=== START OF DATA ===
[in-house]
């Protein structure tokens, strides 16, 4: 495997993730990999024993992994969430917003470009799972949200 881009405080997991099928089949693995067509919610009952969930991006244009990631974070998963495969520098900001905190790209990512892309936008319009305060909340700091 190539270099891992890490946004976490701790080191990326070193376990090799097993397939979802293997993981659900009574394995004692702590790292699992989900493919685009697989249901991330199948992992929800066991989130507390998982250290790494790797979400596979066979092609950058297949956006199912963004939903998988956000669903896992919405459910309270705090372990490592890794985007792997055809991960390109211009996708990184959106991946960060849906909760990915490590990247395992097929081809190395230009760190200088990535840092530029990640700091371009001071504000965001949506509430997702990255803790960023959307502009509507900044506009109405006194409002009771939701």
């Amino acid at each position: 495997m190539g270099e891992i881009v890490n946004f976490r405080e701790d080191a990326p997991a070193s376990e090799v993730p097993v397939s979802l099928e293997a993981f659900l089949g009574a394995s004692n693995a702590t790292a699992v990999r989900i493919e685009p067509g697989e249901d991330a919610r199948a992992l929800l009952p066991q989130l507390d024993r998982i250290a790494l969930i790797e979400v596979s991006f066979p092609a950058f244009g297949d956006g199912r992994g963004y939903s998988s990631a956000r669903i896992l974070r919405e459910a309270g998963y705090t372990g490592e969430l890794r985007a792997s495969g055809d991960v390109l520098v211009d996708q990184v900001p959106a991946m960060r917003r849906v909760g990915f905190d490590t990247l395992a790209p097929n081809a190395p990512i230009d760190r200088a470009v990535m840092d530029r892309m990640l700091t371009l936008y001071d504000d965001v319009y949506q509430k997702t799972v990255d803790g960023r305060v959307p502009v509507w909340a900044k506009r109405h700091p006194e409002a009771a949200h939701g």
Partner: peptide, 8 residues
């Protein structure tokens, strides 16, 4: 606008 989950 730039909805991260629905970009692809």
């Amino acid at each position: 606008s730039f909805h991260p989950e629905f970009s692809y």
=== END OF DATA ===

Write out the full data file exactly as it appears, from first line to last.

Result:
[in-house]
């Protein structure tokens, strides 16, 4: 495997993730990999024993992994969430917003470009799972949200 881009405080997991099928089949693995067509919610009952969930991006244009990631974070998963495969520098900001905190790209990512892309936008319009305060909340700091 190539270099891992890490946004976490701790080191990326070193376990090799097993397939979802293997993981659900009574394995004692702590790292699992989900493919685009697989249901991330199948992992929800066991989130507390998982250290790494790797979400596979066979092609950058297949956006199912963004939903998988956000669903896992919405459910309270705090372990490592890794985007792997055809991960390109211009996708990184959106991946960060849906909760990915490590990247395992097929081809190395230009760190200088990535840092530029990640700091371009001071504000965001949506509430997702990255803790960023959307502009509507900044506009109405006194409002009771939701």
């Amino acid at each position: 495997m190539g270099e891992i881009v890490n946004f976490r405080e701790d080191a990326p997991a070193s376990e090799v993730p097993v397939s979802l099928e293997a993981f659900l089949g009574a394995s004692n693995a702590t790292a699992v990999r989900i493919e685009p067509g697989e249901d991330a919610r199948a992992l929800l009952p066991q989130l507390d024993r998982i250290a790494l969930i790797e979400v596979s991006f066979p092609a950058f244009g297949d956006g199912r992994g963004y939903s998988s990631a956000r669903i896992l974070r919405e459910a309270g998963y705090t372990g490592e969430l890794r985007a792997s495969g055809d991960v390109l520098v211009d996708q990184v900001p959106a991946m960060r917003r849906v909760g990915f905190d490590t990247l395992a790209p097929n081809a190395p990512i230009d760190r200088a470009v990535m840092d530029r892309m990640l700091t371009l936008y001071d504000d965001v319009y949506q509430k997702t799972v990255d803790g960023r305060v959307p502009v509507w909340a900044k506009r109405h700091p006194e409002a009771a949200h939701g």
Partner: peptide, 8 residues
């Protein structure tokens, strides 16, 4: 606008 989950 730039909805991260629905970009692809």
């Amino acid at each position: 606008s730039f909805h991260p989950e629905f970009s692809y």